Read more about the Christmas Truce.
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2007 Year in Review

Reflecting back on the Scouting year that was 2007 I came to conclusion that we are a pretty busy Troop.
So let me take just a minute or two and share with you the 2007 year in review.

The boys from the Order of the Arrow kicked the year off by participating in an inter tribal Pow Wow up on Scouters Mountain. The following weekend the Troop learned the valuable skill of selective listening as we watched as Nick and Ely debuted their new smash hit “We are all gonna Die” Lucky for us they became one hit wonders that weekend and discovered that they in fact survived to enjoy egg Mcmuffins with the rest of us.
As is our annual custom we had a great turn out for Junior leader Training and a lock in to end January, a much need fun time to put the Cold Camp behind us.

February we celebrated Scout Sunday and held a Luau to celebrate the BSA’s birthday. The Assistant Scoutmasters showed off their new Campaign hats that night… now we are Scouting!February took us to Camp Meriwether where we were introduced to a new part of clothing.. Sally’s (the section of your pants from the cuff to just below the knee) were discovered and from then on we tried to keep them dry. It was a cold and wet weekend on the coast, but the humor at the campfire was dry and warm. Rob got his first taste on the Scouting Lampoon and took it well.. he’s a keeper.
Finally in February we started on a Journey to Wallowa. The saying that a journey of a thousand miles begins with a single step was etched into us in February.

March found us paddling our Canoes on a windy Cullaby lake. We learned that you need the bigger guys up front in the wind…. We also learned that Joel and Cameron on a windy lake makes for cookies in a canoe. Another great weekend at Royce Finel.. That’s why we keep going back. This was our Third trip to Royce Finel and the first time we need two trailers of Canoes.. We are starting to get big.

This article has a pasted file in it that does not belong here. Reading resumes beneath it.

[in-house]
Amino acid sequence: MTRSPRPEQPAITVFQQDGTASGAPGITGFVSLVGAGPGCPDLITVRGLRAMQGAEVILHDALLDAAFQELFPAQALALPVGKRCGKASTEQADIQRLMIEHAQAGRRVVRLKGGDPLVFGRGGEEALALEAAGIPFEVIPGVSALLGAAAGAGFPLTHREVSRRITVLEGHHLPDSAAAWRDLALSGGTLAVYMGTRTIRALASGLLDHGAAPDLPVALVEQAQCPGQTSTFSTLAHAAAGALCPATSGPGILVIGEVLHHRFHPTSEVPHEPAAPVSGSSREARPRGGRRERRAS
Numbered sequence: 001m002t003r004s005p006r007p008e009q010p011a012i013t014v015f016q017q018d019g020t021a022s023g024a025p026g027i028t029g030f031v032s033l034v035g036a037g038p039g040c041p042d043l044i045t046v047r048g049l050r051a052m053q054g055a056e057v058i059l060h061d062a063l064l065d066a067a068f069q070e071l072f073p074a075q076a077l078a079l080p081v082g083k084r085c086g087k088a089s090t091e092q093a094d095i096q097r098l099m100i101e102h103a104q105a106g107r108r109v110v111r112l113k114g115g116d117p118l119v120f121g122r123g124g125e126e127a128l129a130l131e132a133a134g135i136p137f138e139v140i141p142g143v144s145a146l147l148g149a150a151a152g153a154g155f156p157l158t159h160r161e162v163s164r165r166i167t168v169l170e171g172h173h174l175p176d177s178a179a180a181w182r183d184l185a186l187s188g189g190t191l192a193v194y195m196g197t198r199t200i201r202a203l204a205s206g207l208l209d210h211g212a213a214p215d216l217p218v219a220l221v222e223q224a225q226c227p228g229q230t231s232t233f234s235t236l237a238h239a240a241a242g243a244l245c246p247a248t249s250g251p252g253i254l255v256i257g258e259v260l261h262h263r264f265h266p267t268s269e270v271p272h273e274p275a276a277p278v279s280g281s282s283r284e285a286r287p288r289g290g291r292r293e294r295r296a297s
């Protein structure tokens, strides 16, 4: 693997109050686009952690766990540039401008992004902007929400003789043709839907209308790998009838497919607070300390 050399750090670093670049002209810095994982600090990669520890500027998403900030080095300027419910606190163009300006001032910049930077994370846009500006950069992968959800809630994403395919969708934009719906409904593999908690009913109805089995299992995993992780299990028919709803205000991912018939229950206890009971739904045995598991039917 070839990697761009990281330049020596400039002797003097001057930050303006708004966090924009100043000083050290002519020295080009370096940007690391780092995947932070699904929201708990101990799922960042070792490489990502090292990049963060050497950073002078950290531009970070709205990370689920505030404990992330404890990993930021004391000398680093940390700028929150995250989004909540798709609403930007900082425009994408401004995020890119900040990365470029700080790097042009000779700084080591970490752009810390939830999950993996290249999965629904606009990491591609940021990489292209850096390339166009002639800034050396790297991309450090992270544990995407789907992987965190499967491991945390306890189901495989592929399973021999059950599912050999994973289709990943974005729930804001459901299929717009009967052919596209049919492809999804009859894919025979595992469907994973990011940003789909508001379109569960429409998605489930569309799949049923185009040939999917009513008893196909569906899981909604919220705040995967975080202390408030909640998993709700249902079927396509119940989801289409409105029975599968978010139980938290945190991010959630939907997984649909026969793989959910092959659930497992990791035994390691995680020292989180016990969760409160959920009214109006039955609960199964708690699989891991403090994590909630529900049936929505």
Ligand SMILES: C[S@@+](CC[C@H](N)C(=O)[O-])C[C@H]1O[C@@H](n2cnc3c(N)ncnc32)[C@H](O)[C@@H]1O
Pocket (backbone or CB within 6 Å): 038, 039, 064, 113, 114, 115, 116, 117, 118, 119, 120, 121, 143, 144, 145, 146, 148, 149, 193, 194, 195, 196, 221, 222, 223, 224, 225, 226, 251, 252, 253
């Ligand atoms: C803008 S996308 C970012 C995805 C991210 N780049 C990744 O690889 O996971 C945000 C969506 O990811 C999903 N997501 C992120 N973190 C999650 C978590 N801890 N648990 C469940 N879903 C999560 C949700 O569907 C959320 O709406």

April lifted us up onto the backs of horses. We spent another wet weekend at Butte Creek for what was the best and worst day of riding. I’m not sure who led us up onto that windy ridge, but it was not me.. My horse was so cold it asked me for my rain gear. The following weekend, once we dried out all the young Scouts went to the Pioneering Merit Badge weekend. Our Scouts did exceptionally well.

May we tested our skills at the District Camporee at Martha Creek field. Eric and Kyle were tapped out by the Order of the Arrow. I don’t remember much about Camporee this year.. Onion Smothered Pork chops keep passing through my mind though! Camporee went well. Kyle entertained the entire district with his galloping on a Patrol flag and as usual a good time was had by all.
May was perhaps the best Service project of the year also. Placing flags on the head stones up at the Willamette National Cemetery. Even though they ran out of flags in our section, I think the Scouts got a better appreciation for the sacrifice of the many men and women that are eternally at rest in the field of honor. We showed our colors again assisting the Gresham hero’s memorial committee with a color guard. The boys really did a great job. I am extremely proud of them.